The PPE will be revised by the end of 2018, and then every five years, according to the same methods as the initial programme.

Antonio Haya

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Each month, one of our experts publishes an article describing his view on a specific topic of the constant changes taking place in the energy market, with special focus on the French market.

Profesional Experience & Education

Diego graduated in Political Economy at King’s College University (London – 2021). He started his professional career in a family business in Madrid as an operations manager. Diego then studied a Master in Management and Master in Computer Science at IE University (Madrid – 2022), during which he participated as an Information Technology (IT) intern in a startup. In May 2023, Diego joined the HES team as an intern specialised in programming models. In his first project, he developed a software tool for modelling the unavailability of the French nuclear fleet. Afterwards, Diego has also participated in the development of new software tools for modelling price curves, generation asset performance and other topics related to the energy market.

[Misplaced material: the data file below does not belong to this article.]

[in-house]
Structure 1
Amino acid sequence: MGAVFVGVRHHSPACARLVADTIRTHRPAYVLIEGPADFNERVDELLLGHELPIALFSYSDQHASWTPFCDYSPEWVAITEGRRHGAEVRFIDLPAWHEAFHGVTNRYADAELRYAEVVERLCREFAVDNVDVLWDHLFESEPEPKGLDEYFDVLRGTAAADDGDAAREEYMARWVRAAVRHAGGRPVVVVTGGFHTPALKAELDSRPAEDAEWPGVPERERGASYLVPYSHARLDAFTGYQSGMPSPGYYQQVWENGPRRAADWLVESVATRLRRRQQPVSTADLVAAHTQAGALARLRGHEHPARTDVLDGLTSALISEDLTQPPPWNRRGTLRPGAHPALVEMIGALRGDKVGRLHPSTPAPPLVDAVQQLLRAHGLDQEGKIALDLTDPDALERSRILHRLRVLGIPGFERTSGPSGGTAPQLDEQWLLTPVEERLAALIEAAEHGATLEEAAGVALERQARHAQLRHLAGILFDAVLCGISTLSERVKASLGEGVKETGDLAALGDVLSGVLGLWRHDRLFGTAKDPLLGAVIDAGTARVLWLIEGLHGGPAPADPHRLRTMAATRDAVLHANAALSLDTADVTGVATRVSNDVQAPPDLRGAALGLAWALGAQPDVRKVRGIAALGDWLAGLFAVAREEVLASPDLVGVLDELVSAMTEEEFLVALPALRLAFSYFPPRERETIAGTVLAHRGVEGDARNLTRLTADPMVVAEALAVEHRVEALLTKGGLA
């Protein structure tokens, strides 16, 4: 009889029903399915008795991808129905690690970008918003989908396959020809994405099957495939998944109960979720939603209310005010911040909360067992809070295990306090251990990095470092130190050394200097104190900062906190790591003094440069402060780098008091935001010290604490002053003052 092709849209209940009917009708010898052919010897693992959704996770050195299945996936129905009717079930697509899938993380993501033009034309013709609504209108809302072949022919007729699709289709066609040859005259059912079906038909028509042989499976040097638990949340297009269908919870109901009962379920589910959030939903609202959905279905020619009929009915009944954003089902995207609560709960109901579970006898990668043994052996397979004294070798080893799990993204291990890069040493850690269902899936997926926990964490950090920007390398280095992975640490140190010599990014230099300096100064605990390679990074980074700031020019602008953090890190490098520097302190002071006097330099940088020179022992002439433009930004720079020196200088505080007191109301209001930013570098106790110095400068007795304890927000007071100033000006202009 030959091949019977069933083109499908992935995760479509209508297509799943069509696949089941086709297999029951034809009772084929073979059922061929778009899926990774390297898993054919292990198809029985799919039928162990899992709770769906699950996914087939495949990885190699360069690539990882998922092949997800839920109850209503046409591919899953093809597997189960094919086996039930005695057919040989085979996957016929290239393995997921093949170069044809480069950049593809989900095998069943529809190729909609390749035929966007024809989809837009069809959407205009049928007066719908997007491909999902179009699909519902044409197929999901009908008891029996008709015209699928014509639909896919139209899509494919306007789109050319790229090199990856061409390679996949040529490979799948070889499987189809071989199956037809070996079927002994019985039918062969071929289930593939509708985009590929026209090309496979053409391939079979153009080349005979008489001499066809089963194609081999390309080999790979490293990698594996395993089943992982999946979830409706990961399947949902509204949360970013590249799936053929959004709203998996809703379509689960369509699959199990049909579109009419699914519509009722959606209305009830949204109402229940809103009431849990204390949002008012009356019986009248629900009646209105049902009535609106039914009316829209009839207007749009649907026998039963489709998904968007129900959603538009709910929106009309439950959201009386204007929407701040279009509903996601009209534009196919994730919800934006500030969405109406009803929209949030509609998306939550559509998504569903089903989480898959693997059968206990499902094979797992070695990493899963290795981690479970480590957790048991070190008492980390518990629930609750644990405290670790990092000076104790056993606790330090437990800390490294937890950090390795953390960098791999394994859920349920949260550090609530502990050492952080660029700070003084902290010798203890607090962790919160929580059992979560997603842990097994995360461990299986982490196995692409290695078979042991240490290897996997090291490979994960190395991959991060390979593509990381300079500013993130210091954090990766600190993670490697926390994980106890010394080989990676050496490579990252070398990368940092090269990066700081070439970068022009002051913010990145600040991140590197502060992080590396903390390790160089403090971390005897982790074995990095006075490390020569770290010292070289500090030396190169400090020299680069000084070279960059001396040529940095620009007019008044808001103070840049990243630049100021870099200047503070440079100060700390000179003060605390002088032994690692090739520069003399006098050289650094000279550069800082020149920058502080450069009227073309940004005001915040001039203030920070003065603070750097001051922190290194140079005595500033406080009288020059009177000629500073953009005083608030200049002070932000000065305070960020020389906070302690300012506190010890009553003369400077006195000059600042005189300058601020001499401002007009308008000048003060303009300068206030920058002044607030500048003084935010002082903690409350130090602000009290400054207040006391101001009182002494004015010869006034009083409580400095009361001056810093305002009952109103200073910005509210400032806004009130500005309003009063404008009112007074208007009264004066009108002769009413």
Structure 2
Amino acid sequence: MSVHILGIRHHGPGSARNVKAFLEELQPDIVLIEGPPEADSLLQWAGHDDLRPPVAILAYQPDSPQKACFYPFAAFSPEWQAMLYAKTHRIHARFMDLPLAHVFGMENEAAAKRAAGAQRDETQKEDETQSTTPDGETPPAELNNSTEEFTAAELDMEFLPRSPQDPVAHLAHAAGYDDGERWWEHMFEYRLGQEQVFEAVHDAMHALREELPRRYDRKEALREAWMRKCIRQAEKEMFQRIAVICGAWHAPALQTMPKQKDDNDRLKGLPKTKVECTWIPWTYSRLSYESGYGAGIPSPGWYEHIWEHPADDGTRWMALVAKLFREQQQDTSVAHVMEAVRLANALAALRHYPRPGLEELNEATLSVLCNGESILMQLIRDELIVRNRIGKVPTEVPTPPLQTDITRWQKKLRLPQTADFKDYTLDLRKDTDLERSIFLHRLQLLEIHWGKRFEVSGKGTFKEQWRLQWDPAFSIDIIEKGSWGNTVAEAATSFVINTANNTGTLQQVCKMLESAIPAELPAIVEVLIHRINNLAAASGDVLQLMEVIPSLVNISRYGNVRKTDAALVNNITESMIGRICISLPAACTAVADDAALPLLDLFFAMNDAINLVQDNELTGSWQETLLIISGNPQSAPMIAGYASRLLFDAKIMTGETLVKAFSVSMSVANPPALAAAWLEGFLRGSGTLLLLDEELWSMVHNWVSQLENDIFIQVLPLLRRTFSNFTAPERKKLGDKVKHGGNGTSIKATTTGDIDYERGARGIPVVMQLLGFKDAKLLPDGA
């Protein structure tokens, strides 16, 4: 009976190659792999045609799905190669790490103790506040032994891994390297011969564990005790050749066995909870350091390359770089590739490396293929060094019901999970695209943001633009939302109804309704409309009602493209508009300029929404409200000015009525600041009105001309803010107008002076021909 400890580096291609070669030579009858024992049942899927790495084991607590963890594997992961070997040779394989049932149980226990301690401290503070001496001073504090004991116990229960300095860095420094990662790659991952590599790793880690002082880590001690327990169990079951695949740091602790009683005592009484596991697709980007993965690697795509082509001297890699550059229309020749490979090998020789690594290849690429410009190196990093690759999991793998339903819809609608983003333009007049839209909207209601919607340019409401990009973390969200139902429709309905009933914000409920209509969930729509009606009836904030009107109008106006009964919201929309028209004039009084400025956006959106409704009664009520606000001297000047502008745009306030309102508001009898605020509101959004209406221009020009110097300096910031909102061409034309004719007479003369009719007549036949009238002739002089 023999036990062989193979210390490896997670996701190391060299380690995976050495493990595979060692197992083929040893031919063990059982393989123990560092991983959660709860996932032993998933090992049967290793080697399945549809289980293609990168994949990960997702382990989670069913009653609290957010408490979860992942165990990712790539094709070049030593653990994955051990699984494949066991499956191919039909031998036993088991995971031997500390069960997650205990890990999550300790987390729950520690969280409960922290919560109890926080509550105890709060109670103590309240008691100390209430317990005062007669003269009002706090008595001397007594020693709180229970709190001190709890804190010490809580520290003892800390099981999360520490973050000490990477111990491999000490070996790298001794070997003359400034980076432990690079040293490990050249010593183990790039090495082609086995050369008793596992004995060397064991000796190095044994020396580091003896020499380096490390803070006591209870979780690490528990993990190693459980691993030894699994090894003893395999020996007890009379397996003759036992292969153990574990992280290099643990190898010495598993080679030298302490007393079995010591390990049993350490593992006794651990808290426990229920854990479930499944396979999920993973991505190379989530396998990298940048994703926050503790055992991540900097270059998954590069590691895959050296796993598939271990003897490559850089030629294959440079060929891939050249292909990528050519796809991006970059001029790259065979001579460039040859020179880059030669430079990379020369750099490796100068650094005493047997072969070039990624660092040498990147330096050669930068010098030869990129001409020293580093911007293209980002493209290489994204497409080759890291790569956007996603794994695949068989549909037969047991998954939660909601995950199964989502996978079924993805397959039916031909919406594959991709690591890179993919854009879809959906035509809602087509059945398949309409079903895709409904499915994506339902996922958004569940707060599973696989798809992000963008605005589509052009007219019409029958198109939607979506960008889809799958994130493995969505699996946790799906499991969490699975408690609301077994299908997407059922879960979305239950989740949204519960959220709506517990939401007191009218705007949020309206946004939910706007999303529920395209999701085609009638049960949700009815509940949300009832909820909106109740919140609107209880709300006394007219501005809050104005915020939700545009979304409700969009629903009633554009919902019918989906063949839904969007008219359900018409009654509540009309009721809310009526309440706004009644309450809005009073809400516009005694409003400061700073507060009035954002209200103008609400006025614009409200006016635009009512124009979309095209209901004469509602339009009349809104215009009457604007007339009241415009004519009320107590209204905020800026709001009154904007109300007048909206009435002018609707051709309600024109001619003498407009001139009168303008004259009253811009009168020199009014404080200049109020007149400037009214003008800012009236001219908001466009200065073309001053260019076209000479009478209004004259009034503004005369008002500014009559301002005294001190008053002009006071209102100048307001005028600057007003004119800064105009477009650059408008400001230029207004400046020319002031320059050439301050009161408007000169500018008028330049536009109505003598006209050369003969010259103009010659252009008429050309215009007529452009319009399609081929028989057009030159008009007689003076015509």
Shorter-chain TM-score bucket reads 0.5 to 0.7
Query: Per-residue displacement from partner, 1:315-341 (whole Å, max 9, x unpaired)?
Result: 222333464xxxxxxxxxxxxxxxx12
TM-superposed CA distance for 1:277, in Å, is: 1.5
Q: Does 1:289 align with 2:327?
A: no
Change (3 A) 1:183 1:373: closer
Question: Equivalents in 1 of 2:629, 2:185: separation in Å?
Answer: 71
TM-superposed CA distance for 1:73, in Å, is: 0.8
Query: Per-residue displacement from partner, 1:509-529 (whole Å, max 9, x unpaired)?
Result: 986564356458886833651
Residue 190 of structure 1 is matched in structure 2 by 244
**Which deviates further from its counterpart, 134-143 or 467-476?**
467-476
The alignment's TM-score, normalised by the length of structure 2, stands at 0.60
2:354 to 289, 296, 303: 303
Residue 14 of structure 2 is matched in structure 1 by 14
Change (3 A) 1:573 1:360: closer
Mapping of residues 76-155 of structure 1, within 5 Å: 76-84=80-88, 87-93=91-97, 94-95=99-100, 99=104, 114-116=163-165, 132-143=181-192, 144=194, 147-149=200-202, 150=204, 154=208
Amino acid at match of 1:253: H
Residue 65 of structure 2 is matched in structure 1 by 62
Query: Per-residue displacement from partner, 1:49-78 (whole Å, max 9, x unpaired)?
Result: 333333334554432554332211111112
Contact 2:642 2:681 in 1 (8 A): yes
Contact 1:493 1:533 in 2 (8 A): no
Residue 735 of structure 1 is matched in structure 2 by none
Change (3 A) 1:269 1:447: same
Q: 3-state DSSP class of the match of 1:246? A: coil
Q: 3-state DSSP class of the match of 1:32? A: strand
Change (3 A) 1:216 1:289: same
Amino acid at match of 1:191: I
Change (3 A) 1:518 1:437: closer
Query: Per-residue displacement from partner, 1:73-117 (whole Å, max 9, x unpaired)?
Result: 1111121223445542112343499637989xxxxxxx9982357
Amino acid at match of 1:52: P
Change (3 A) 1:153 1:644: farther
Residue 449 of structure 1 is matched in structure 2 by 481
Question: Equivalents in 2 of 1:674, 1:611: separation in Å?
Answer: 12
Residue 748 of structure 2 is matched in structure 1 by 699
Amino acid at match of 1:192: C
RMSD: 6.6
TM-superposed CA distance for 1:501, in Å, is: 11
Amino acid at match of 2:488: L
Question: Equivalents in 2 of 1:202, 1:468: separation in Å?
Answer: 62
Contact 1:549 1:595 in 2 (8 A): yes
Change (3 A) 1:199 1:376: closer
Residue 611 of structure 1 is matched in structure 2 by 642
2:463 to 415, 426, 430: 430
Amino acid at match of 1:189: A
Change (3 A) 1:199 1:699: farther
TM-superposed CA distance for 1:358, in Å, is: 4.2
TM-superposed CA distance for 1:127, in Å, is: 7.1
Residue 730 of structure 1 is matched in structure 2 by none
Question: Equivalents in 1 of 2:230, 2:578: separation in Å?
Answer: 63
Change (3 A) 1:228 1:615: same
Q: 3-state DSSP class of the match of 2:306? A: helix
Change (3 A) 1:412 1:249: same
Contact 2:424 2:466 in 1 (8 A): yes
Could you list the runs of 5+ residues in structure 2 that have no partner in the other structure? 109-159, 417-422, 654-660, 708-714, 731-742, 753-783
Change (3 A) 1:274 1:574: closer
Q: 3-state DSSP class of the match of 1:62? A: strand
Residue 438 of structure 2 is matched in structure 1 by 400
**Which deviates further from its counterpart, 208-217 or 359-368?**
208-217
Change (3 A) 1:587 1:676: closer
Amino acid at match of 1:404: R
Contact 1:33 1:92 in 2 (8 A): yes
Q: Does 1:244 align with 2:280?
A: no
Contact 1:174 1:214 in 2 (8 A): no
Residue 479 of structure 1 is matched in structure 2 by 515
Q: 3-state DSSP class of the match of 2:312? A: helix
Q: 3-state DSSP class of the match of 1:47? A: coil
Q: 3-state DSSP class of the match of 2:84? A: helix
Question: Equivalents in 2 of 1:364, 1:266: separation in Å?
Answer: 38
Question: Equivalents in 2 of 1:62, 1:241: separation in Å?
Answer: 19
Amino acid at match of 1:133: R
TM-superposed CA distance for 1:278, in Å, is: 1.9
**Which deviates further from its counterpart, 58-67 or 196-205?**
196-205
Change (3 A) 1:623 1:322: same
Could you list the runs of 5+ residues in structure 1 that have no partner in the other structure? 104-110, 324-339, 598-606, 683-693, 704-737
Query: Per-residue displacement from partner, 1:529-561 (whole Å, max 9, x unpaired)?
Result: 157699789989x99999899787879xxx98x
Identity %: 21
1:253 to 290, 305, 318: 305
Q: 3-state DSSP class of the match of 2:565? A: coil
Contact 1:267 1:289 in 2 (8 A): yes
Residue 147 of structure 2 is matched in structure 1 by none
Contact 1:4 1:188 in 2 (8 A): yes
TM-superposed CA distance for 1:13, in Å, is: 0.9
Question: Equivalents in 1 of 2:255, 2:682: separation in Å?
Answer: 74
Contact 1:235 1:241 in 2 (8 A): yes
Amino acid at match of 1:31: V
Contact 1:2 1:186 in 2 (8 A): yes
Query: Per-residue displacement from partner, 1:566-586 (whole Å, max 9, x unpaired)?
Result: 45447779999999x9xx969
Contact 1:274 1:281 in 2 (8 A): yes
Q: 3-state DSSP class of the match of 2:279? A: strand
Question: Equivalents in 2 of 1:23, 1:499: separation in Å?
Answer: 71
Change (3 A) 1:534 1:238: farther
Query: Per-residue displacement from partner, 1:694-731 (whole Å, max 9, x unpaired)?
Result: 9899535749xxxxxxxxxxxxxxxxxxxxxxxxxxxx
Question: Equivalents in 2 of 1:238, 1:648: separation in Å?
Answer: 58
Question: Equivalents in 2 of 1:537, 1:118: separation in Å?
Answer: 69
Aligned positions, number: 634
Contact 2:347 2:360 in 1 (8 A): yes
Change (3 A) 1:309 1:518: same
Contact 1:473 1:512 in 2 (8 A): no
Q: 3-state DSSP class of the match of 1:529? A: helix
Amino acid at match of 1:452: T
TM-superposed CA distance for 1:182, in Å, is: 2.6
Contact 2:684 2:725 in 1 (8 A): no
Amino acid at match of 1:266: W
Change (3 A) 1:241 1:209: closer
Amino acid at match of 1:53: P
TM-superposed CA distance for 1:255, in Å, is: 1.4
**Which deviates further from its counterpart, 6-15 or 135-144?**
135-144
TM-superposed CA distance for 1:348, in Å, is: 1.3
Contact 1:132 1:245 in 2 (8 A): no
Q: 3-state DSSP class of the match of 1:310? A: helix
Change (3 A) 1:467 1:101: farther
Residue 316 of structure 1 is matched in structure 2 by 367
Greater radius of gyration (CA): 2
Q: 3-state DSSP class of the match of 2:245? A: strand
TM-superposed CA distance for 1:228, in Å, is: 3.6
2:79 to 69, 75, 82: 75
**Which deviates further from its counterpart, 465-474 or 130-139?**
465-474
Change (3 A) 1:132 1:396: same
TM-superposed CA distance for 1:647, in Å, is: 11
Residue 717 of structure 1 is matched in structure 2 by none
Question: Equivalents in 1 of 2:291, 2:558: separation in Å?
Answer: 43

Diego Marroquin

Junior Consultant

Haya Energy-6

Profesional Experience

Céline joined Haya Energy Solutions in November 2021 as marketing and administration manager. She had a first professional experience in the tourism sector as a social media manager. At HES, her activities are focused on the development of the company’s visibility at European level through: commercial actions, content marketing and development of brand strategy. Céline is also involved in the management of the company’s communication: optimisation of the website (WordPress & Elementor), LinkedIn, publication of the monthly newsletter and the organisation of conferences. Céline participates in energy projects with the clients and acts as coordinator and project manager. Finally, she is in charge of administration (accounting, expenses management, invoicing).   


Céline graduated in Spanish and English Philology at La Sorbonne (France – 2018) and holds a Master’s degree in Project Management and Cultural Tourism (Clermont-Ferrand/ Buenos Aires – 2021). 

Céline Haya Sauvage

Marketing Responsible

Céline Sauvage

Investment Advice

“Decarbonization of the Energy and Transport sectors is arguably today’s main economic driver for the industry.”

Profesional Experience